Filing Injury Claims After Rear-End Accidents In Iowa
A wide variety of automobile accidents occurs on roadways every day. Of these vehicle accidents, rear-end collisions are the most common. According to the U.S. Department of Transportation’s National Highway Traffic Safety Administration, rear-end collisions account for approximately 29 percent of all vehicle crashes.¹ Unsurprisingly, rear-end collisions are also responsible for a significant percentage of all passenger injuries.²
If you or a family member has been the victim of a rear-end auto accident in Des Moines, trust the attorneys of Hixson & Brown, P.C. Our lawyers have decades of experience handling rear-end motor vehicle accident claims.
Determining Liability In Rear-End Collisions
Many people believe if you are involved in a rear-end collision the second or trailing vehicle is automatically at fault. Victims of rear-end collisions should be aware this is not always true. Victims should be aware offending drivers and their insurance companies may attempt to place fault, either partial or total, upon the lead vehicle. For this reason, rear-end victims should seek the advice of attorneys experienced in handling rear-end collisions.
Iowa Code Sec. 321.307 states:
“The driver of a motor vehicle shall not follow another vehicle more closely than is reasonable and prudent, having due regard for the speed of such vehicles and the traffic upon and the condition of the highway.”
This statute places a general duty upon the trailing driver to follow in a reasonable and prudent manner. Nonetheless, offending drivers and their insurance companies may attempt to rely on separate statutes that place duties upon the lead vehicle. For example, Iowa Code Sec. 321.316 requires persons to not stop or suddenly decrease speed without appropriate warning and Iowa Code Sec. 321.387 requires vehicles to have properly functioning rear lamps. Offending drivers and their insurance companies may assert you were not operating your lead vehicle in accordance with these and/or other statutes.
At Hixson & Brown, P.C., our attorneys are familiar with the various laws of the road and can assist rear-end collision victims in refuting common rear-end collision defenses.
What Are Common Injuries Suffered After A Rear-End Collision?
When a vehicle is struck from behind by a separate vehicle moving at a higher speed than the first, passengers within the lead vehicle may suffer whiplash injuries. The rear impact propels the passenger’s body forward while the head and neck remain in the initial position before an immediate whip forward by the head necessary to catch up with the body. Unfortunately, the head will often whip forward past the body as the body is ultimately restrained by seat belts. These movements happen within the blink of an eye and mimic that of a whip being cracked.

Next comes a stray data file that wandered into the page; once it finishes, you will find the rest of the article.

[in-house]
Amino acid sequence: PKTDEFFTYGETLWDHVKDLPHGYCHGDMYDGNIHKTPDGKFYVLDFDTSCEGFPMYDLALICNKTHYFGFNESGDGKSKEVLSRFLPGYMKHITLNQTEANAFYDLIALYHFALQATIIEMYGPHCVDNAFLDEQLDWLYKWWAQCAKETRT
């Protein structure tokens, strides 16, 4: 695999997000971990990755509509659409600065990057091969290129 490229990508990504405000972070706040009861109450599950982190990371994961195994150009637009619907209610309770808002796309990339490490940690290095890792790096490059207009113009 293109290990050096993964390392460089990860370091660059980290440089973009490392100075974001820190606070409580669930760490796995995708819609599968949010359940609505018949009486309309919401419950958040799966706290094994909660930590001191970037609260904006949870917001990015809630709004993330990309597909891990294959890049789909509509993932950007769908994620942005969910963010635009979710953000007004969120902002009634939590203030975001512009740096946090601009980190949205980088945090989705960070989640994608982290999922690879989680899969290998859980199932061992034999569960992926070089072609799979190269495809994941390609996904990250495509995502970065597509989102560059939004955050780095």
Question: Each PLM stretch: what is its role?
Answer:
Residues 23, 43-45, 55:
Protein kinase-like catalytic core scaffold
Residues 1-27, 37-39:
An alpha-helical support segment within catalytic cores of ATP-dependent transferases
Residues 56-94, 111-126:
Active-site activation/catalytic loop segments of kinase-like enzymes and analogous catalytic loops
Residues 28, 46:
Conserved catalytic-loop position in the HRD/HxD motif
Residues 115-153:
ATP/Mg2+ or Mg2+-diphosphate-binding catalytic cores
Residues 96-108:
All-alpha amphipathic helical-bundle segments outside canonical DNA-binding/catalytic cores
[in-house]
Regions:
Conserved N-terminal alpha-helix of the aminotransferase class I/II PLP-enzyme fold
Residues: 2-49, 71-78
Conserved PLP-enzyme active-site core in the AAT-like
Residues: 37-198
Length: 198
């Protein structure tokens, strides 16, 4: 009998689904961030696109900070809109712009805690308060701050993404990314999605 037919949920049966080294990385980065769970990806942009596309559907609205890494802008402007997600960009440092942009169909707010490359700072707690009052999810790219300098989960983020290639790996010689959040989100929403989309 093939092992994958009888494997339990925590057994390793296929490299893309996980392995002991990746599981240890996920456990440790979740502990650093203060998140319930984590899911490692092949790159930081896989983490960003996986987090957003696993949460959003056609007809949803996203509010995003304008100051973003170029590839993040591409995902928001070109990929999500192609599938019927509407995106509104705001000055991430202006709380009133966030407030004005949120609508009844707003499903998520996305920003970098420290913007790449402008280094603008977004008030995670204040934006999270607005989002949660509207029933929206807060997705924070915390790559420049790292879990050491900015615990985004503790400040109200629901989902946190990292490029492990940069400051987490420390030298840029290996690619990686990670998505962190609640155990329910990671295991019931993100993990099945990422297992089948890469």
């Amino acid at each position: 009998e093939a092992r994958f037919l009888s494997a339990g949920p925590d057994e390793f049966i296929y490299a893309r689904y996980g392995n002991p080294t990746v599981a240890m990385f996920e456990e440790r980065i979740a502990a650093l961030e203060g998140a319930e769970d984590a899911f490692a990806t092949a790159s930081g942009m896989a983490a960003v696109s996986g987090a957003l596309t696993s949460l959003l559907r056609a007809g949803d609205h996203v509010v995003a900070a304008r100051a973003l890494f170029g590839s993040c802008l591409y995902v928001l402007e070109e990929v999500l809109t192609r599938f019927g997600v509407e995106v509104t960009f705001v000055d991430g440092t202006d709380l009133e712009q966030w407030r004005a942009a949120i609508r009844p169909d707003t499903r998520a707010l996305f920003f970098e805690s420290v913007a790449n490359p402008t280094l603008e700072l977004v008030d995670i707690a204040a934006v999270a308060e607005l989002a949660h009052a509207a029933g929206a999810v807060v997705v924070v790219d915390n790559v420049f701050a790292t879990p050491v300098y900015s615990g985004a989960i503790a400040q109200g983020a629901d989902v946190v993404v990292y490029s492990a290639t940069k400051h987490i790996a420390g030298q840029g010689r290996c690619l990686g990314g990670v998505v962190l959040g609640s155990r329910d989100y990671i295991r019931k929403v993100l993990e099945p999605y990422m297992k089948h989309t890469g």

Though a common and vague phrase, the term whiplash injury most often refers to muscle and ligament sprains and strains within the neck though joints and discs may also be injured.³ When the body moves forward and the head remains in place, the neck is suddenly stretched beyond its normal range of motion. When the head propels forward beyond the body, the neck is again stretched beyond its normal range of motion. Known respectively as hyperextension and hyperflexion, these conditions frequently cause a victim to experience a variety of symptoms, to include:
- Neck pain and stiffness
- Headaches, often at the base of the skull
- Blurred vision
- Difficulty concentrating
- Memory problems
- Ringing in the ears
- Sleep disturbances
The extent and duration to which a rear-end collision victim will experience the above symptoms will vary dependent upon a variety of factors. Offending drivers and their insurance companies will frequently take the position whiplash injuries are minor in nature. As a result, a victim of a rear-end collision would be well-served by seeking the advice of a law firm experienced in rebuffing this position.
The severity of injury, and the level of one’s deserved compensation, is often based upon such things as collision biomechanics, age, previous injury history and future injury susceptibility.
Free Consultation — Contact Our Firm
Being the victim of a rear-end collision often means being the victim of extreme and unnatural motions that can have damaging effects on the neck. Contact our West Des Moines office at 515-650-4531 to schedule a free consultation with an Iowa rear-end accident attorney.
1 “Analyses of Rear-End Crashes and Near-Crashes in the 100-car Naturalistic Driving Study to Support Rear-Signaling Countermeasure Development”, Report No. DOT HS 810 846, NHTSA (October 2007).
2 “Driver Attributes and Rear-End Crash Involvement Propensity”, Report No. DOT HS 809 540, NHTSA (March 2003).
3 See Mayo Clinic Staff, “Whiplash”, http://www.mayoclinic.com/health/whiplash/DS01037, (Accessed 06/08/13).